So excited! Tomorrow is my YouTube interview with Becca McCulloch! Stay tuned for juicy tidbits about me and about my books. I can’t wait! (I’ll post the link tomorrow so you can find it easily.)
I’m adopting a new motto, just for today. I may re-adopt it tomorrow, but I won’t think of that now. What’s my new motto, you ask?
“TODAY, I CAN DO ANYTHING!”
My husband has a t-shirt given to him a couple of years ago. It says, “Today, I can do anything.” If you know my husband, you know that fits him perfectly. This man is a miracle-man! He’s gone from a bed-ridden MS patient, to a fully functional, upright, walking, running, bike-riding inventor who’s working full-time in a machine shop! Wow!
How’d he do it? Lots of little miracles along the way, but a big part of his progress has been his “can-do” attitude. While he was still in the wheelchair, he bought a condo that had 14 steps up to the bedroom. When people asked him why, he looked puzzled and asked, “It has stairs?” Then, he’d grin and add, “Because I can.”
That’s his answer to everything he does, “Because I can.”
What does this have to do with me and my writing? Well, when this sweet man sees I’m struggling, he pulls this t-shirt out of his drawer and invites me to wear it, “just for today.” It’s amazing how much wearing it helps!
So, while I still may wear his t-shirt sometimes, I’m going to try adopting this motto one day at a time. Say it with me:
“TODAY, I CAN DO ANYTHING!”
My life as an author just keeps getting better and better! I was notified yesterday that my novel, Lucia’s Lament, has won the IHIBRP 5-Star Recommended Read Award for “superb writing,” “impeccable research,” and “fully-fleshed characters.” I’m thrilled and grateful for such high praise!
Stay tuned next week for the cover reveal which includes the award badge. So exciting!
You can read the Writer’s Block 5-star review here:
I’ve been thinking how quickly life can change. We’re going about our lives, our daily routines, not paying much attention, when suddenly (or so gradually we don’t notice) life throws us a curve ball. Maybe someone we love becomes critically ill, maybe we lose our job, maybe an accident or fire takes away our transportation or home.
In those moments, we gain a new perspective. Those moments bring to our awareness what’s really important… health, family, friends, and security. Wouldn’t it be nice if we could learn to appreciate those things before they are taken away? Wouldn’t it be great if we could do something each day to take better care of our health? Tell our family members we love them? Show appreciation for our friends? Be grateful for our homes, our transportation, the food on our tables, all the little and big things we enjoy every day but often take for granted?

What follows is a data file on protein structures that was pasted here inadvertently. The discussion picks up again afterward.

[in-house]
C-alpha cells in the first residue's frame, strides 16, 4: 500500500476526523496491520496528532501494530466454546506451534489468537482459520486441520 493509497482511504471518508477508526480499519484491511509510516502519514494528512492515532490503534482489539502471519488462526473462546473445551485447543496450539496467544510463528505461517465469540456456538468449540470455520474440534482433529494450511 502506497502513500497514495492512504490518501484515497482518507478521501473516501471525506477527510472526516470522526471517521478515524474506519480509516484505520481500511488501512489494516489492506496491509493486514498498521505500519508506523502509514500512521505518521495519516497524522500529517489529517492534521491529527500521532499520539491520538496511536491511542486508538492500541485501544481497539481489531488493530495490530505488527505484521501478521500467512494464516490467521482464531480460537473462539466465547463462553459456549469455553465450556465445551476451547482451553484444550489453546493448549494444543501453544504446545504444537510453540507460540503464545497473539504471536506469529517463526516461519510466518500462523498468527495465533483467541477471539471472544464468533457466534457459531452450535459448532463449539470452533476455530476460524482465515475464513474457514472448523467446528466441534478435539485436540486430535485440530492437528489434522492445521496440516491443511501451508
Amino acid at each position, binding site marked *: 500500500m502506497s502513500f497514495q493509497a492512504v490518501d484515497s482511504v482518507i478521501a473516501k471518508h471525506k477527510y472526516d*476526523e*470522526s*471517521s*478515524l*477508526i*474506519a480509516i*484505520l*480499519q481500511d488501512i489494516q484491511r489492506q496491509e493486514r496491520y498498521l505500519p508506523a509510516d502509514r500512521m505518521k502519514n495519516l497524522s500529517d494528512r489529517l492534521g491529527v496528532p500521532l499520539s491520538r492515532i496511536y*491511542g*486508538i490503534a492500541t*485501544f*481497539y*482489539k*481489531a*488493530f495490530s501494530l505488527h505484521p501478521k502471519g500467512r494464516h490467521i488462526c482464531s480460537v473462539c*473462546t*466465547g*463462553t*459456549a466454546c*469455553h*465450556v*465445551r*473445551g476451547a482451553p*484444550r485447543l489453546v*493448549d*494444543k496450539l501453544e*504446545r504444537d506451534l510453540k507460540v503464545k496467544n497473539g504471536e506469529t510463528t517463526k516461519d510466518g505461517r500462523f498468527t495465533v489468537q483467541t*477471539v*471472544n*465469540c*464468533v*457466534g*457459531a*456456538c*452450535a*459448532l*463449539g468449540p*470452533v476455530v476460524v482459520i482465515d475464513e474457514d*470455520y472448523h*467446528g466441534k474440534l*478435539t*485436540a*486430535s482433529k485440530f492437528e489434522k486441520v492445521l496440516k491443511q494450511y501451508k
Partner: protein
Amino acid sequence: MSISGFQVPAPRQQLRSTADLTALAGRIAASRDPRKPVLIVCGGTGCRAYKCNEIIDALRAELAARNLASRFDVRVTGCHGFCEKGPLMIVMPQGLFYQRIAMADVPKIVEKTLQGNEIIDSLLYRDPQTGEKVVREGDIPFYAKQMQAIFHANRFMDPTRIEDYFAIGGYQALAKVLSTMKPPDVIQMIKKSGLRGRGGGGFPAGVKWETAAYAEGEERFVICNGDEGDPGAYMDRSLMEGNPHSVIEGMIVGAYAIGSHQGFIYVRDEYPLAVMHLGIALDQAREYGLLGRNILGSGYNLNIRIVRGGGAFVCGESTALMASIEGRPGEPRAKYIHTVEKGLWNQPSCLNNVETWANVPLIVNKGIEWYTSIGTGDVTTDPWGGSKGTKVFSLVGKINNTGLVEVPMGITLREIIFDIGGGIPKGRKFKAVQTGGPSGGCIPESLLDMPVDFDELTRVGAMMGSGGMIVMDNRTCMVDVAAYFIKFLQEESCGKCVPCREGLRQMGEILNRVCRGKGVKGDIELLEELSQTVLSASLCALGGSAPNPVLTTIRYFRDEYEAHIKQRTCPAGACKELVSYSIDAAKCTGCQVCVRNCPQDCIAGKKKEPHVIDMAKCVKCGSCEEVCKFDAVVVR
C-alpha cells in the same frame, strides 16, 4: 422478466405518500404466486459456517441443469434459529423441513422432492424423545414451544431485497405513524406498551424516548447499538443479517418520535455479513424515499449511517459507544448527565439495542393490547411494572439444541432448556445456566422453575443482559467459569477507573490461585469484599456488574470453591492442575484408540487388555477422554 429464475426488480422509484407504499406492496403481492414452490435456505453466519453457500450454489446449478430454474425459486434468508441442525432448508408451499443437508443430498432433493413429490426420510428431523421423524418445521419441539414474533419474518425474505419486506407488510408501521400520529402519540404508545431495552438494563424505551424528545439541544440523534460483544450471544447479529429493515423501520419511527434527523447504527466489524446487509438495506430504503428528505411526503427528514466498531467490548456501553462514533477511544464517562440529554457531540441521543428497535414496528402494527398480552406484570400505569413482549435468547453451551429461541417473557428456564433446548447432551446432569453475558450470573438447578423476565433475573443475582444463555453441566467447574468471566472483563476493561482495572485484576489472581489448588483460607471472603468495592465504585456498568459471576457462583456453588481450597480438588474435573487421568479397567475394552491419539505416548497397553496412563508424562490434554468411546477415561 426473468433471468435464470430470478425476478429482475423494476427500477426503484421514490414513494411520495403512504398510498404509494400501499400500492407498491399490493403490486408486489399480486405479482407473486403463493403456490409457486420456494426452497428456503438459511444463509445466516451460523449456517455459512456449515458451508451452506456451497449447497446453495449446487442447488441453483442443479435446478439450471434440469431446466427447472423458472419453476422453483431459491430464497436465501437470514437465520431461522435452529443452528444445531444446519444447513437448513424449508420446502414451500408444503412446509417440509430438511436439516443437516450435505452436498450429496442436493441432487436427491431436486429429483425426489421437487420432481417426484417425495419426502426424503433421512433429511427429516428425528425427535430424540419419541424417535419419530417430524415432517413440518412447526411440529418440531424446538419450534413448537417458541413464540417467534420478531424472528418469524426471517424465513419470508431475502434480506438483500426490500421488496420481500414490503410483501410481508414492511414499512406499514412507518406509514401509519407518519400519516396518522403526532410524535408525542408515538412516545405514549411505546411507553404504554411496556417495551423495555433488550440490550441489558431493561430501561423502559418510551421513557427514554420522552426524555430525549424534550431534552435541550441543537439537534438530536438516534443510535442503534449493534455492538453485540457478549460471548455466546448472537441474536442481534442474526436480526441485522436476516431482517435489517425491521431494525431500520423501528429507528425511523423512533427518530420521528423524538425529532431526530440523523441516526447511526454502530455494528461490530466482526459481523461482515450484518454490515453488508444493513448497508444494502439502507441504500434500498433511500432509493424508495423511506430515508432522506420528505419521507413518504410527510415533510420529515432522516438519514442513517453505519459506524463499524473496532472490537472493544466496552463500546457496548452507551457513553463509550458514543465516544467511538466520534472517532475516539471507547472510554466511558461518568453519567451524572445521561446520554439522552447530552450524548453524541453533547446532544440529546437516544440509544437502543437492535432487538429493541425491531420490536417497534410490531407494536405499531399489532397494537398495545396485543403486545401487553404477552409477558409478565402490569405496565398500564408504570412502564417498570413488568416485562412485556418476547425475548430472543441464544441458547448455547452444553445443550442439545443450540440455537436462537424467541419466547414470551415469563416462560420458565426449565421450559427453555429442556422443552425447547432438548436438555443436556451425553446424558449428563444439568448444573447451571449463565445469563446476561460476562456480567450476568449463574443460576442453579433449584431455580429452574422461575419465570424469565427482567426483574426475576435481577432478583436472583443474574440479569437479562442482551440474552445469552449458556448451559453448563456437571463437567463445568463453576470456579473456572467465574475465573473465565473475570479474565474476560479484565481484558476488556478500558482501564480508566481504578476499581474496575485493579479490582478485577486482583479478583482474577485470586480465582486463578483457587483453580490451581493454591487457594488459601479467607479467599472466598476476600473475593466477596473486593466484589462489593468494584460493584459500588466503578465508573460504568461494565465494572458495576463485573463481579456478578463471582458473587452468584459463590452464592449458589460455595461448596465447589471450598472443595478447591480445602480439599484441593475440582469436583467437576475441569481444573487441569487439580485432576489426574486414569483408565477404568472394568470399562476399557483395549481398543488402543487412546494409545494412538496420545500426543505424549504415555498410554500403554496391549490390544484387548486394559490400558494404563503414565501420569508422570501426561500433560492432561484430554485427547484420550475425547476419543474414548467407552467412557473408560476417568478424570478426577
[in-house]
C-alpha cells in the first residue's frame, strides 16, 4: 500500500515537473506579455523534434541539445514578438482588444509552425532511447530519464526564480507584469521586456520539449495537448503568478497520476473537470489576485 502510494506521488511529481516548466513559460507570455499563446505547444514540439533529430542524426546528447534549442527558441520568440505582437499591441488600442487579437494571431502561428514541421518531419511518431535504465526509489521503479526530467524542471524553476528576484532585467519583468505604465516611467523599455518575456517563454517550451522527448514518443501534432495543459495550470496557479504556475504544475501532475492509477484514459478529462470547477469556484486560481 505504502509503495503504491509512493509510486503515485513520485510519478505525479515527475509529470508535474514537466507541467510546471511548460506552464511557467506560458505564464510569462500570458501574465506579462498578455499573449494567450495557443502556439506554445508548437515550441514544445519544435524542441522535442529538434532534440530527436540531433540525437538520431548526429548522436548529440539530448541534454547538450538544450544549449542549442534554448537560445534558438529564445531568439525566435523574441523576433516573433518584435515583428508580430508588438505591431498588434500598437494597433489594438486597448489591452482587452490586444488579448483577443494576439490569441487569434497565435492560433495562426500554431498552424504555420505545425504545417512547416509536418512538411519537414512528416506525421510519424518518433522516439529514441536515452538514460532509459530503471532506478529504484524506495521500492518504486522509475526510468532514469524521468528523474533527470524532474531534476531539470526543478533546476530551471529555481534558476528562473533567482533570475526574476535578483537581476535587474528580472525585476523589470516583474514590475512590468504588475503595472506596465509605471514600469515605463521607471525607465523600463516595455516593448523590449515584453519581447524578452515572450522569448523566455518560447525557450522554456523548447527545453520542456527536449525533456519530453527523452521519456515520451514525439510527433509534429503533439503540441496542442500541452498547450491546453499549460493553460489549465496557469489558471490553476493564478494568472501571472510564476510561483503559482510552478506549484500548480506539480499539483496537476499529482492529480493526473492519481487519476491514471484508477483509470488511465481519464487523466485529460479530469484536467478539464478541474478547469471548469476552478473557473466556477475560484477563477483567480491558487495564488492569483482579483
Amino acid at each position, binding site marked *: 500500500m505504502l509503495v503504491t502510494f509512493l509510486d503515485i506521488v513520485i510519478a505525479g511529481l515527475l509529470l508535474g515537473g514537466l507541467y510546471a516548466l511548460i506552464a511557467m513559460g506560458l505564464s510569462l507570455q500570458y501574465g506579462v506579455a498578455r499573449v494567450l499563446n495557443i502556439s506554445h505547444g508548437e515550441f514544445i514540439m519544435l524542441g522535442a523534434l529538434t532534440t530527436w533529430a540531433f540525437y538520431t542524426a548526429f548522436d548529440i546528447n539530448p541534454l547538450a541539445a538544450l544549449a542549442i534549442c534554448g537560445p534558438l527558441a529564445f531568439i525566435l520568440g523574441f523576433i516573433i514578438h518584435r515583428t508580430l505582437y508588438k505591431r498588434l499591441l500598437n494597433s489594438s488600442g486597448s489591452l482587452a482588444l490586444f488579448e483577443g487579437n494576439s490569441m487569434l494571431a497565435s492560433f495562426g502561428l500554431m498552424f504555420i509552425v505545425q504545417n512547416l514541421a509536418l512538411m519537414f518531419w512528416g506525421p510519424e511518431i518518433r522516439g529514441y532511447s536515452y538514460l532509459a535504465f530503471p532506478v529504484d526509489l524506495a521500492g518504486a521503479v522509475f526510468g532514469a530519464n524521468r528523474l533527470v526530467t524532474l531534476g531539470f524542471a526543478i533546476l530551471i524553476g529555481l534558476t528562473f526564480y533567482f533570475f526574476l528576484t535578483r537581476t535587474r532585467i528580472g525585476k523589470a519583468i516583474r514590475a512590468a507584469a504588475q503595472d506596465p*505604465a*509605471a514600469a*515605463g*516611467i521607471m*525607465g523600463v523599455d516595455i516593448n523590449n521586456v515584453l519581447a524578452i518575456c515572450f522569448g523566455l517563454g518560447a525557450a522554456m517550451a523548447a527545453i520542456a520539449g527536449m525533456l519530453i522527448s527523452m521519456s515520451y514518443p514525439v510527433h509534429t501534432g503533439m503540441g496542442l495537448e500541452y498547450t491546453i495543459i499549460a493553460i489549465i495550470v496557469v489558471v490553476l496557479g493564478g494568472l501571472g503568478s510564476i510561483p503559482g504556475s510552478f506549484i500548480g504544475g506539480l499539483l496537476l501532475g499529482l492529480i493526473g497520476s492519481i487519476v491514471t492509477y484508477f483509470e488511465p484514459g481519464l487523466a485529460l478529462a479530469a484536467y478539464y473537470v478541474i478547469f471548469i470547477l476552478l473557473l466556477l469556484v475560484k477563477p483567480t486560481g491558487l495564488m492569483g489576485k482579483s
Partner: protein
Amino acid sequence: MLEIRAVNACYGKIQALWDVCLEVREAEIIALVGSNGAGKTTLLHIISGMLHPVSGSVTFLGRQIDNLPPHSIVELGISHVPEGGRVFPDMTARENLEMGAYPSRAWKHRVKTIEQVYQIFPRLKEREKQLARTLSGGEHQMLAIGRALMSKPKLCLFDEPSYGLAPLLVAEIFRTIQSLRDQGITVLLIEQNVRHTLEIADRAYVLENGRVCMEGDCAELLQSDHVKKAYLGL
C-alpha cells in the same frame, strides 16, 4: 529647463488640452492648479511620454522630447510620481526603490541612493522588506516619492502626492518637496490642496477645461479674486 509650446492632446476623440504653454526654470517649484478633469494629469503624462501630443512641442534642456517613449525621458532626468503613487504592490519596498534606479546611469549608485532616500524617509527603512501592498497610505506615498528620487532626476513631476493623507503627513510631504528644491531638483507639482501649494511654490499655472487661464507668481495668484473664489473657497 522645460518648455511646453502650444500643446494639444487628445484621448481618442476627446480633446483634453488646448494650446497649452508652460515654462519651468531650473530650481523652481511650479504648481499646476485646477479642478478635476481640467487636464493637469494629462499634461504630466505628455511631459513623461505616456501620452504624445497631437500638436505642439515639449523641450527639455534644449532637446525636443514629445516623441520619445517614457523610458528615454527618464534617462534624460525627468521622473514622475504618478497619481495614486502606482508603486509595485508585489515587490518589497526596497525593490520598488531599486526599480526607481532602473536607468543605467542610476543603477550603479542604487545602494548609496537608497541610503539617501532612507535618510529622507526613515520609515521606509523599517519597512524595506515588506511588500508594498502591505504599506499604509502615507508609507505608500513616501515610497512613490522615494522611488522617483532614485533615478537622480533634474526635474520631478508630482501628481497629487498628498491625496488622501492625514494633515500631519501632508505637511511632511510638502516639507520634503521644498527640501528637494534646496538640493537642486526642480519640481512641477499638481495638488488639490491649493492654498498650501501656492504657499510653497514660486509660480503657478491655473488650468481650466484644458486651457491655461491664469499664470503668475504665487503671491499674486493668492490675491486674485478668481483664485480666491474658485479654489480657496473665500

My goal this week is to find something every day to be grateful for that I haven’t noticed until now. Creating an attitude of gratitude is a choice, one that I’m choosing today!
Well, my friends, the polls are closed and the votes have been tallied. The winner is…
With one caveat… instead of Gerald being involved in Winnie’s Wish, we will have the pleasure of meeting one of his ancestors. I’m not saying who, but I will tell you that it will be evident where Gerald’s genial personality comes from.
So, on we go, a bit more research, a lot more writing, and before you know it, Winnie’s Wish will be available for your reading pleasure!
Alas, my loyal readers, I find myself in a pickle. As you may recall, I have promised that Gerald, nurse Lucia’s would-be suitor in Lucia’s Lament, would be given his own story. That story, I thought, would be my upcoming novel, Winnie’s Wish. However, the historical figure who has presented herself as the epicenter of Winnie’s Wish, was born at least 80 years too soon for Gerald to be included in her story.
Thus, the dilemma. Shall I ignore the rantings and ravings of a spoiled British Princess, who wants this book to be about her, in order to continue with our dashing Gerald’s tale? Or, shall I tell dear Gerald to wait, and succumb to the Princess and the intriguing politics of King George III’s royal court in the late 1700’s?
Thoughts? Feelings? Rantings? Ravings? I’m open to suggestions, my friends.